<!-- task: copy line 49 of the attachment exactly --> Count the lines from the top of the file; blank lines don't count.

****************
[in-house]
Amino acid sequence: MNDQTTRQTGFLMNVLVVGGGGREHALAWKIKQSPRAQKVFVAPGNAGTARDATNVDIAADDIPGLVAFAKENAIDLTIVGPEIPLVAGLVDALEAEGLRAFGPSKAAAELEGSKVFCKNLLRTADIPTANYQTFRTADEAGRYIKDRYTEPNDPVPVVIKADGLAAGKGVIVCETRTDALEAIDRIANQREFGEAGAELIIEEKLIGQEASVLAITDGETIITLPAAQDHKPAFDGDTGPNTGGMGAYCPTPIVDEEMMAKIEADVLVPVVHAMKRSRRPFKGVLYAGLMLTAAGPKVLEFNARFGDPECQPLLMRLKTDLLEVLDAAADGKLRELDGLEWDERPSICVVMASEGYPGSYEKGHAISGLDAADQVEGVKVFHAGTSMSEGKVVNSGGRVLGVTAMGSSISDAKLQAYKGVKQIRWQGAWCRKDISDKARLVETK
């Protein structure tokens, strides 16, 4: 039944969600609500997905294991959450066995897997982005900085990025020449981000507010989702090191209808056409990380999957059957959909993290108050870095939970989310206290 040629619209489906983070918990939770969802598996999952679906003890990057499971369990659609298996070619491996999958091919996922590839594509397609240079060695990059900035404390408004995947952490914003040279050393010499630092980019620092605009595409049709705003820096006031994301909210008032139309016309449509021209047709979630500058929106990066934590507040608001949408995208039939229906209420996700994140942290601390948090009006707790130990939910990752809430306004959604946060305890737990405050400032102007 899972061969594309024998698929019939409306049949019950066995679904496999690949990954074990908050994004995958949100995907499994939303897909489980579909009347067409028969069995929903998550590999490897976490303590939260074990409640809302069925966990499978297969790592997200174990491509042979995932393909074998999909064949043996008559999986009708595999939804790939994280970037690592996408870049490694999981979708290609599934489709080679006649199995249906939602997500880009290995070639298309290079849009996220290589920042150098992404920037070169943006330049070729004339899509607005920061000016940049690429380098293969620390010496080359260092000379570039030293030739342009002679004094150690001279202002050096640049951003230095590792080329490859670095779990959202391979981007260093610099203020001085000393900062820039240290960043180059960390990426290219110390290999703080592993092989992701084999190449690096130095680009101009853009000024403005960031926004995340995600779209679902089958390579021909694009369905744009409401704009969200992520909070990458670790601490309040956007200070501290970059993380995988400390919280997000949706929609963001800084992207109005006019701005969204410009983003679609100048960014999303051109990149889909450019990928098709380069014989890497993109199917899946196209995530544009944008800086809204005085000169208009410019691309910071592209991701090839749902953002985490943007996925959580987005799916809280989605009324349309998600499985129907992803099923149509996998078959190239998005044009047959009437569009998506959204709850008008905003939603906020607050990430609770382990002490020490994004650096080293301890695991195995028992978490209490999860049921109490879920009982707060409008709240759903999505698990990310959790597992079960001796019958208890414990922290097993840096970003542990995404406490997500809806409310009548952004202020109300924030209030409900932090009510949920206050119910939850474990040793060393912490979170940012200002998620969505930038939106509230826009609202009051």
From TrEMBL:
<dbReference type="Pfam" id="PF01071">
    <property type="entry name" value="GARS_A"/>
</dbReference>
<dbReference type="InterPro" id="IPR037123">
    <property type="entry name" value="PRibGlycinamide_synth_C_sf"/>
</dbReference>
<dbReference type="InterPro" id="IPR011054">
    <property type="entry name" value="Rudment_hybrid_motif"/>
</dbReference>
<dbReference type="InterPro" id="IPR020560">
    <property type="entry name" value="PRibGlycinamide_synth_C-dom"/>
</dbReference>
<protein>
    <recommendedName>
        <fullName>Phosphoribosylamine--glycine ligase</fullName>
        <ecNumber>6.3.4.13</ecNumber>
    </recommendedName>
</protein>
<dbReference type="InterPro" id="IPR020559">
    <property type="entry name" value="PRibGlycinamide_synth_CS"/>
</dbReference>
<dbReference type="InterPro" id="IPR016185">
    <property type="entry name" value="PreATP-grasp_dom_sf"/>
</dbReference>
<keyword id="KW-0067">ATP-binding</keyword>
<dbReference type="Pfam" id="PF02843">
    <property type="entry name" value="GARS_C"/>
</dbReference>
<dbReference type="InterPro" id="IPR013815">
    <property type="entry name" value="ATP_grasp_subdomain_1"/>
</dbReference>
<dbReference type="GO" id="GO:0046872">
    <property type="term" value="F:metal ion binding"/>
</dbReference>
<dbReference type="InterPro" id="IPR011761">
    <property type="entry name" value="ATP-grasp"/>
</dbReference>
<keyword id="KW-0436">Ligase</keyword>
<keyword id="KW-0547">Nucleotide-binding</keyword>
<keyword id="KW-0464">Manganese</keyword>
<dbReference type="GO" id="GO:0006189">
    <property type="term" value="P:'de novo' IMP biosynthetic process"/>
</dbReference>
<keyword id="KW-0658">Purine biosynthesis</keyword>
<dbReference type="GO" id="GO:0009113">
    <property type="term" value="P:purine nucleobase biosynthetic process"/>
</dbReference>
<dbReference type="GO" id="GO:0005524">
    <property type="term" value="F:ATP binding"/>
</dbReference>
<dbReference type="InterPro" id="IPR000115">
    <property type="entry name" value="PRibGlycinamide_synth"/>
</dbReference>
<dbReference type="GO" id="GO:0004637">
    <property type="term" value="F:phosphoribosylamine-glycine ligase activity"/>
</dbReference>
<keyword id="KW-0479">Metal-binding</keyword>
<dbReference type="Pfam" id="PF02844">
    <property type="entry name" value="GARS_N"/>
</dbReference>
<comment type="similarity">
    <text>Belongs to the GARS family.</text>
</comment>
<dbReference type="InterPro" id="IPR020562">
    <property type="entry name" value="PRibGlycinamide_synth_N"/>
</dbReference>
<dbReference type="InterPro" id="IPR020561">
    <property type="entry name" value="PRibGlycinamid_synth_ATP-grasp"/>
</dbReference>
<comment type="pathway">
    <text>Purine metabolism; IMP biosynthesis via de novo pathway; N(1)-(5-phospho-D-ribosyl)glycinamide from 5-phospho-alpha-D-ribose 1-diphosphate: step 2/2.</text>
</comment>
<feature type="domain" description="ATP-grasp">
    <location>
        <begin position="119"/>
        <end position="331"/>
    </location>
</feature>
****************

<dbReference type="GO" id="GO:0009113">